What a great show! I'm not interested in criticizing Barber -- nobody's perfect -- but he is pointing us in the right direction!
Once I followed a mostly vegetable diet plan that claimed to train your tastebuds and it did! Food tastes much better when you are hungry and if you purify your palate by foregoing all the packaged sugar, fat and salt, a half apple sliced up with a tablespoon of lowfat yogurt on it becomes like a rich and creamy treat! Unfortunately that diet depended too much on discipline and deprivation, but I learned (again) how great vegetables and fruits were and I have avoided but not ruled out meat ever since.
I lived in Japan for 2 years in the 1970's where a small plate (our dessert size), holding a fish about eight inches long, would be the "main course" for a family of four. No one felt deprived, because to them, of course, rice is the main course and everything else just makes the rice go down. ALL the fruit tasted good there, not like what we were used to eating from American supermarkets.
My father rarely went to church. The minister would shake his hand as he stood in line to leave the church after the Easter service and say, "See you again at Christmas!" Yet he was the most spiritual person I know, and it took me a long time before I realized that nature was his religion. He worked with wood, he did little experiments like Mr. Wizard, he grew tomatoes, he observed the backyard wildlife, he always knew the coming weather forecast. He had grown up on a farm in Norway and treated our Long Island suburban property much like his own little farm and laboratory.
Luckily, we lived near a fruit and vegetable stand (now defunct) run by a farming family across the street from their house. They brought the produce in from their farm further out on the Island and people came from all over during corn season to buy a dozen ears fresh off the truck. My father said that for corn to taste best you should start boiling the water first, and then go out in the field to pick it.
Every year in my small backyard I plant vegetables, sometimes with limited success, sometimes with too much produce to know what to do with. I have tasted my own corn when it is so fresh and tender and alive with a multitude of nuances of flavor and sweetness that it is almost like a transcendent experience. Really good tomatoes elude me, however, (except for the tiny ones, eaten like candy while I take a look at what's going on in the garden) and I am starting to question how good the seedlings sold in the nursery are. Yeah, my garden is an "organic" garden, but it's stocked every spring with about $100 worth of commercially grown seedlings. Growing from seed is a lot of work, but I may have to find some way to go in that direction.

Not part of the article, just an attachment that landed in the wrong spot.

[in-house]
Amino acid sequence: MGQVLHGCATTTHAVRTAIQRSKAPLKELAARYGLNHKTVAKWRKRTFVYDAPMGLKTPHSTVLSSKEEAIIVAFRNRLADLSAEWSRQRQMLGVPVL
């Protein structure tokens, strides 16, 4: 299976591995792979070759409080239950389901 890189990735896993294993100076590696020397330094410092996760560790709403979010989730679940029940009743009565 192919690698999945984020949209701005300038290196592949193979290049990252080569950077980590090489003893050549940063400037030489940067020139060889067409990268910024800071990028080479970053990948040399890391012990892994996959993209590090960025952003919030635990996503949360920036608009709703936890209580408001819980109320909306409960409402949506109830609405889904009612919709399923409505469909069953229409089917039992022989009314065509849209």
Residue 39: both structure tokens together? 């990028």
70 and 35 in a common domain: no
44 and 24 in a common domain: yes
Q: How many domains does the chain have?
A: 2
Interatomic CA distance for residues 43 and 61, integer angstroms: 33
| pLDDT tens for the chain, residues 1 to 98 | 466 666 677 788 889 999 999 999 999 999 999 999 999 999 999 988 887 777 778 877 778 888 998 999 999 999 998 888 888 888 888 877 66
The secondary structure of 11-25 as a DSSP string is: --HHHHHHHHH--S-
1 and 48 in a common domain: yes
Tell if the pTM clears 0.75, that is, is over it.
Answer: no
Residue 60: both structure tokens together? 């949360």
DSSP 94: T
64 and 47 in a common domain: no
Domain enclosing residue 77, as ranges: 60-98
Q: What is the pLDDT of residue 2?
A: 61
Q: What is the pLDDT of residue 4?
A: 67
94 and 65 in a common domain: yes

The natural world is precious to me. Observing nature or working outside heals whatever is wrong with me. You can learn so much! Barber's discovery that flavor is the goal is serendipitous; it just makes so much sense.
I am reminded of when I learned that the way to breastfeed my children was to make myself comfortable first. Only when I could calm down and search for feelings of relaxation and pleasure inside myself would the milk "let down" so my baby could nurse contentedly. Ooooooooh, right, I've got it -- God set it up so that a hormone delivers pleasure to the mother in order for the mother to feed the child. It just makes sense.
If Barber can teach enough influential people to search for the best flavor when eating, buying and producing food, many other good practices may follow, or at least let's hope so.
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